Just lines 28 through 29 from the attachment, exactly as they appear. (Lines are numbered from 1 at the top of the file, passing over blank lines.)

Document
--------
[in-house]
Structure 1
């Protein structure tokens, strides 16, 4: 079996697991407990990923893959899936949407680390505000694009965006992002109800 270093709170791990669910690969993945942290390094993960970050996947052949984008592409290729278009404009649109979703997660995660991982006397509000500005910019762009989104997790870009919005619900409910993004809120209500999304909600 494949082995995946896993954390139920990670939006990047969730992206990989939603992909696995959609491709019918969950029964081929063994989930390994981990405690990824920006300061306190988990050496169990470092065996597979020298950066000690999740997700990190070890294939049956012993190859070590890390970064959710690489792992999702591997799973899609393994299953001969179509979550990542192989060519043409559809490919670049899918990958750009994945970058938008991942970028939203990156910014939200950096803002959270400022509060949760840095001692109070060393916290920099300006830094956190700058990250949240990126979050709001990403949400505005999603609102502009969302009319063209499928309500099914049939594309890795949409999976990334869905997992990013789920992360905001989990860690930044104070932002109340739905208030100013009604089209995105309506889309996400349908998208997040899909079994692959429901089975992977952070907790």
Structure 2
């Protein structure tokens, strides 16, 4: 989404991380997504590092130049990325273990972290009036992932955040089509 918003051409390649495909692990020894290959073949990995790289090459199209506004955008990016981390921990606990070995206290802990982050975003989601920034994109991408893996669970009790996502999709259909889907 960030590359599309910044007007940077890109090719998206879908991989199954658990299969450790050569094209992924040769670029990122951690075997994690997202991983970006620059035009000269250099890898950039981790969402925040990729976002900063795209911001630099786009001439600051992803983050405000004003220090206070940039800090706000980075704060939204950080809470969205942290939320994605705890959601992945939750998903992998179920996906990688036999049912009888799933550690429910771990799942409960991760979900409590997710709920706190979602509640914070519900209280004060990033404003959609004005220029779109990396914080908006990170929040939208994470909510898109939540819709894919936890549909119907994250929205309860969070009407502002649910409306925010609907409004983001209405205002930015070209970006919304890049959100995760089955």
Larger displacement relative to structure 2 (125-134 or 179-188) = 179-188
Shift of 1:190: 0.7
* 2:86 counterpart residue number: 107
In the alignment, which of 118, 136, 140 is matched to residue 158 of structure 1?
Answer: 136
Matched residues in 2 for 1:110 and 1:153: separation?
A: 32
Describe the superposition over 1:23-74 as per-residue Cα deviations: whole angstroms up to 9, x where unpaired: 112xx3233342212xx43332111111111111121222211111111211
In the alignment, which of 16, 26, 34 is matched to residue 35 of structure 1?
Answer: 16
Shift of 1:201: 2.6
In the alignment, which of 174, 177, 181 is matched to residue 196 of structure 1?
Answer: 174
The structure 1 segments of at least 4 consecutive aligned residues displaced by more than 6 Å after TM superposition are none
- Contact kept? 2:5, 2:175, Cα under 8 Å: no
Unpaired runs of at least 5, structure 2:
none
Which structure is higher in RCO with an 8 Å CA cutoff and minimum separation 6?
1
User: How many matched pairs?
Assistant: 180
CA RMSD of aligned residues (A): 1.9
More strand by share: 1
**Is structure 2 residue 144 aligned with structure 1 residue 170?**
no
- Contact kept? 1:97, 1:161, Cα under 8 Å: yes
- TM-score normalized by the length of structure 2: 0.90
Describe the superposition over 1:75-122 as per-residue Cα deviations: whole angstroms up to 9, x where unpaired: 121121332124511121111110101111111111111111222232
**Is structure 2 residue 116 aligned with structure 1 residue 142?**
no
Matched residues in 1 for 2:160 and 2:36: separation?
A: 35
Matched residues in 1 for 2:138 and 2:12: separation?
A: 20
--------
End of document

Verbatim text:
More strand by share: 1
**Is structure 2 residue 144 aligned with structure 1 residue 170?**